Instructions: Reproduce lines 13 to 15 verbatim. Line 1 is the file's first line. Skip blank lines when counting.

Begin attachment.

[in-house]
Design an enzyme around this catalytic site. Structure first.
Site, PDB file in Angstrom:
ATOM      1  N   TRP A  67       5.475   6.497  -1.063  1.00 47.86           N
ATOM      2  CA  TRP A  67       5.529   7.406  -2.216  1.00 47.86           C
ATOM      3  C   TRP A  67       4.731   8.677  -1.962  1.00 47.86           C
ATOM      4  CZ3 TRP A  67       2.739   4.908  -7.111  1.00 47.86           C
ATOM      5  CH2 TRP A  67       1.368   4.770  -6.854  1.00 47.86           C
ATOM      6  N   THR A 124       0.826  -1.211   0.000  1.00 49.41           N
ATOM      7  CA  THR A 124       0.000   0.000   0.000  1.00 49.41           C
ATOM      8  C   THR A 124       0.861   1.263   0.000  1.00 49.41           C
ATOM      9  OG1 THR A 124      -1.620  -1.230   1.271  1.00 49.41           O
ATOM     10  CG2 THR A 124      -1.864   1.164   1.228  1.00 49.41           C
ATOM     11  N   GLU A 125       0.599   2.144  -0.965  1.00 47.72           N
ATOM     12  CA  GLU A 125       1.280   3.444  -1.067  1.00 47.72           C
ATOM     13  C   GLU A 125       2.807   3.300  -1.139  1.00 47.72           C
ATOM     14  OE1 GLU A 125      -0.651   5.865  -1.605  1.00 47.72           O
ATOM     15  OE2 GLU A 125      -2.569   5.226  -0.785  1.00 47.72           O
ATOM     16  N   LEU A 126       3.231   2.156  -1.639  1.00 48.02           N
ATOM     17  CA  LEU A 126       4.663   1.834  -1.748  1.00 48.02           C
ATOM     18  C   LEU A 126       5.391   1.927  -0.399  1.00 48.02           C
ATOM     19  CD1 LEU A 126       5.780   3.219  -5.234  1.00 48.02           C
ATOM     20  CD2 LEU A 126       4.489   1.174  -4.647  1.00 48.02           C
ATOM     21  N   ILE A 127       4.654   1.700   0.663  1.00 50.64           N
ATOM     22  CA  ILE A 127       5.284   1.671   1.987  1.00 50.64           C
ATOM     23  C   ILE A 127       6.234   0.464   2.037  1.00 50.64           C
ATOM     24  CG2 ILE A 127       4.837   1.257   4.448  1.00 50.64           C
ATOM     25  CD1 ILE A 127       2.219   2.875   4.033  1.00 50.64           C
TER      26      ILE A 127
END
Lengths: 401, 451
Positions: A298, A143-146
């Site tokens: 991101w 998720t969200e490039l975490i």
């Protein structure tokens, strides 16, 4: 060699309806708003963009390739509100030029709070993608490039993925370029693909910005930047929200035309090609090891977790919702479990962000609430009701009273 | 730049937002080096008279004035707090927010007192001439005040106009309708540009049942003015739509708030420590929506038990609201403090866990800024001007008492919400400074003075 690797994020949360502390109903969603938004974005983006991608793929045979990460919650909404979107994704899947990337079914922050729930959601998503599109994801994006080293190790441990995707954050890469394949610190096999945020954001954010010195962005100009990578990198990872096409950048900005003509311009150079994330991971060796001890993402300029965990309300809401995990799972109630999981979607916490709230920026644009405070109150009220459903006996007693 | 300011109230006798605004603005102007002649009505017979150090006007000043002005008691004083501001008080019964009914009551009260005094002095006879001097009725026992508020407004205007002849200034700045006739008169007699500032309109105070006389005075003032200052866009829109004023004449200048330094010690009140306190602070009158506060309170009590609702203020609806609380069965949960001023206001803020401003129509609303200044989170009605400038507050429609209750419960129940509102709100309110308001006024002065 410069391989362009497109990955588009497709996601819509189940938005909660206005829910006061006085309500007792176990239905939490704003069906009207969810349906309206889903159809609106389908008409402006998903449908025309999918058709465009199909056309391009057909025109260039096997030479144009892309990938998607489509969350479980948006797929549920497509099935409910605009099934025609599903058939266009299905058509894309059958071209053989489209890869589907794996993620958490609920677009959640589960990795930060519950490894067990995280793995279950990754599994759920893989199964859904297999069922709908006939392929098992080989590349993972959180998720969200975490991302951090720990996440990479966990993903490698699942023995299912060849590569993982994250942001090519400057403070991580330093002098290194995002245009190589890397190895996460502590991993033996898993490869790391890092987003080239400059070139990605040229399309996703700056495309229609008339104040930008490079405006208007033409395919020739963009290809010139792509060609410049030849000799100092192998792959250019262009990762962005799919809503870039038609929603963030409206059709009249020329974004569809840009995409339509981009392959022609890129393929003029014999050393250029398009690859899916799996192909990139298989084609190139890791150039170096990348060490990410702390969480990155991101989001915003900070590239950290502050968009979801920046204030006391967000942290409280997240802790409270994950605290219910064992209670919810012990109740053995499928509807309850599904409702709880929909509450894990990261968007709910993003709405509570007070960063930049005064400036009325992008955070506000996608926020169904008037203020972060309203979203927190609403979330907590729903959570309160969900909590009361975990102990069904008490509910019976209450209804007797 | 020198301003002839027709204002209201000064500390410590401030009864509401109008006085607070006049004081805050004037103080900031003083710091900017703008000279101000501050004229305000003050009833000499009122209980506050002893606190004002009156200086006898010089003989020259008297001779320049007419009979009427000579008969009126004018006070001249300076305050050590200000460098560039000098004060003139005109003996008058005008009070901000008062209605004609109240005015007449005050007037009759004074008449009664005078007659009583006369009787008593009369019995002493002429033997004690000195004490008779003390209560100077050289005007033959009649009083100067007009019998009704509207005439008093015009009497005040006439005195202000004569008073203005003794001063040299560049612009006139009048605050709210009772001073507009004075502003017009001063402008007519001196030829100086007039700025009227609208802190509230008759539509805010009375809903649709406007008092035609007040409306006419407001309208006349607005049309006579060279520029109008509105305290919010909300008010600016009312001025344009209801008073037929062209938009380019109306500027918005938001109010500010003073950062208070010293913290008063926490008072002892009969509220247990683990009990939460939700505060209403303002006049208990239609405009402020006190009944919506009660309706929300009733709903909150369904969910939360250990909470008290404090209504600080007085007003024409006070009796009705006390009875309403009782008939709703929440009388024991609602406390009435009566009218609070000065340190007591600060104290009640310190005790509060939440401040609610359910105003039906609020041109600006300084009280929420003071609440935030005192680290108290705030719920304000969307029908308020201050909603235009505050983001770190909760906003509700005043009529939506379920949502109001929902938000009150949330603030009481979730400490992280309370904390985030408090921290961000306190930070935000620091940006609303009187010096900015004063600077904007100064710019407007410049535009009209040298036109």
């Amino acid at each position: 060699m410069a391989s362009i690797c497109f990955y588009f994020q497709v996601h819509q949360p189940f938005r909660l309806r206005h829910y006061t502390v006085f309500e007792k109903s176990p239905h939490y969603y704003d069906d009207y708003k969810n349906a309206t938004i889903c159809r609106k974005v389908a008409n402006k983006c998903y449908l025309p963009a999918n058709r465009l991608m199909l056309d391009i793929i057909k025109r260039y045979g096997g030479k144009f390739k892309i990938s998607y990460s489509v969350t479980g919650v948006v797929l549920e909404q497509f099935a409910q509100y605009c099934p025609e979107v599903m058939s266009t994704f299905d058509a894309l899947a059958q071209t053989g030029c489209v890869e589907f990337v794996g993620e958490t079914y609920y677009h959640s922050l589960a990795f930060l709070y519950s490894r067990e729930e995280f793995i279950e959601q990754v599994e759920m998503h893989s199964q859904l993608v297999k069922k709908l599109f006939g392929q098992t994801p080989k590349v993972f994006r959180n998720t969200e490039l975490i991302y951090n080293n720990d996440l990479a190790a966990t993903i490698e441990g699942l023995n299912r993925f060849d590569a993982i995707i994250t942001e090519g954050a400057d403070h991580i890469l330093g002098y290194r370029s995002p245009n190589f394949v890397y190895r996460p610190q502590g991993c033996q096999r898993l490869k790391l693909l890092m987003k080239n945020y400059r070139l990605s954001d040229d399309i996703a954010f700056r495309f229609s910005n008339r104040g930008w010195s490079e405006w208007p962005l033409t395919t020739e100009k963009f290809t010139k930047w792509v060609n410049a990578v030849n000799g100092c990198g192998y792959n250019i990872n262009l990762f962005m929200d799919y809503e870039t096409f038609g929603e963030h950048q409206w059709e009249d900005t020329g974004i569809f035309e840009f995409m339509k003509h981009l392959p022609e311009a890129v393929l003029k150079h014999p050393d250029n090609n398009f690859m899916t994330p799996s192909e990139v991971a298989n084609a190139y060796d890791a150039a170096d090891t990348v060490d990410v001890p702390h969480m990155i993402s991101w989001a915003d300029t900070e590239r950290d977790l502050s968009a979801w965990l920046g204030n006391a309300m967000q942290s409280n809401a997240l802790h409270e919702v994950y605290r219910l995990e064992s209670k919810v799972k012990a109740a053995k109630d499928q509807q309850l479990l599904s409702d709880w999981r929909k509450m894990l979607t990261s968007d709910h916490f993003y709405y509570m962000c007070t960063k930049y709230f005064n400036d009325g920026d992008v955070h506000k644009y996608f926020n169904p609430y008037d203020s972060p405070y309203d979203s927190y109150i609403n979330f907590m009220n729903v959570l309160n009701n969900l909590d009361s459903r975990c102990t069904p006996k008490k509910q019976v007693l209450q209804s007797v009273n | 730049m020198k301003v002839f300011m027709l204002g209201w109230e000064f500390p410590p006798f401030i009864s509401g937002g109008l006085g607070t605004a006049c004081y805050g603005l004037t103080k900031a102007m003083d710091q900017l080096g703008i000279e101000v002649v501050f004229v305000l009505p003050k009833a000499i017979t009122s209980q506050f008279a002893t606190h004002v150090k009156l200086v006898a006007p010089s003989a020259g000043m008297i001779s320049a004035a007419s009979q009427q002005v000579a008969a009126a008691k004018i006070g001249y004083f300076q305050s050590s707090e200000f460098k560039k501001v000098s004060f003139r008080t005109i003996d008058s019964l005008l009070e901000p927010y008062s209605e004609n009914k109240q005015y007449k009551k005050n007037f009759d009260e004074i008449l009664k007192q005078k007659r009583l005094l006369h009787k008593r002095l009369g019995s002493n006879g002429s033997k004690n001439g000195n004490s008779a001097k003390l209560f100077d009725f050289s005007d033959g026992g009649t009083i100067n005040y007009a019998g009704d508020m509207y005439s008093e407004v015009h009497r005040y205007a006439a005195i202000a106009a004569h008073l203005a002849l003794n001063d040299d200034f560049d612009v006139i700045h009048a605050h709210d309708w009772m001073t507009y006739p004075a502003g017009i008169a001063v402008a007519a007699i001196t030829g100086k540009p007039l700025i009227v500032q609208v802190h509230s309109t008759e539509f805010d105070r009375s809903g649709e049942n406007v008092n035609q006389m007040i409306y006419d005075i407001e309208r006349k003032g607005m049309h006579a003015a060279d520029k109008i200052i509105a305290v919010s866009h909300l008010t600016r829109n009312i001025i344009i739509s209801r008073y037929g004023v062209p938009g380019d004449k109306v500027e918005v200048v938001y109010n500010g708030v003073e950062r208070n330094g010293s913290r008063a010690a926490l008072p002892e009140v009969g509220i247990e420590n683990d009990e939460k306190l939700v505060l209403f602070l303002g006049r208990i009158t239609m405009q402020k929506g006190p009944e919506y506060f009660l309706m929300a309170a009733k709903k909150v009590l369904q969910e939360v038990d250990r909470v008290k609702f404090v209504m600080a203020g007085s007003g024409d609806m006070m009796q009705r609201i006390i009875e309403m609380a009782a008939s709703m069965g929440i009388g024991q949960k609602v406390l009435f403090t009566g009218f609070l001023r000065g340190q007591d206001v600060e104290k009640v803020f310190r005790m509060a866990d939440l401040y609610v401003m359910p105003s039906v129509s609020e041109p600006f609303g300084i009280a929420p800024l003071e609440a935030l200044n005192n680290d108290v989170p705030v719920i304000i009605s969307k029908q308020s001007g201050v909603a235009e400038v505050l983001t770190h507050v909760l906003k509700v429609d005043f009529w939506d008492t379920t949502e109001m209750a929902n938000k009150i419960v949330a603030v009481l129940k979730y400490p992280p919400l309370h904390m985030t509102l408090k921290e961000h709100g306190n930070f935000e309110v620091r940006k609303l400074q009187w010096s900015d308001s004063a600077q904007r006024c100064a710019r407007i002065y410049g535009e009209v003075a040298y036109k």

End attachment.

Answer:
ATOM     10  CG2 THR A 124      -1.864   1.164   1.228  1.00 49.41           C
ATOM     11  N   GLU A 125       0.599   2.144  -0.965  1.00 47.72           N
ATOM     12  CA  GLU A 125       1.280   3.444  -1.067  1.00 47.72           C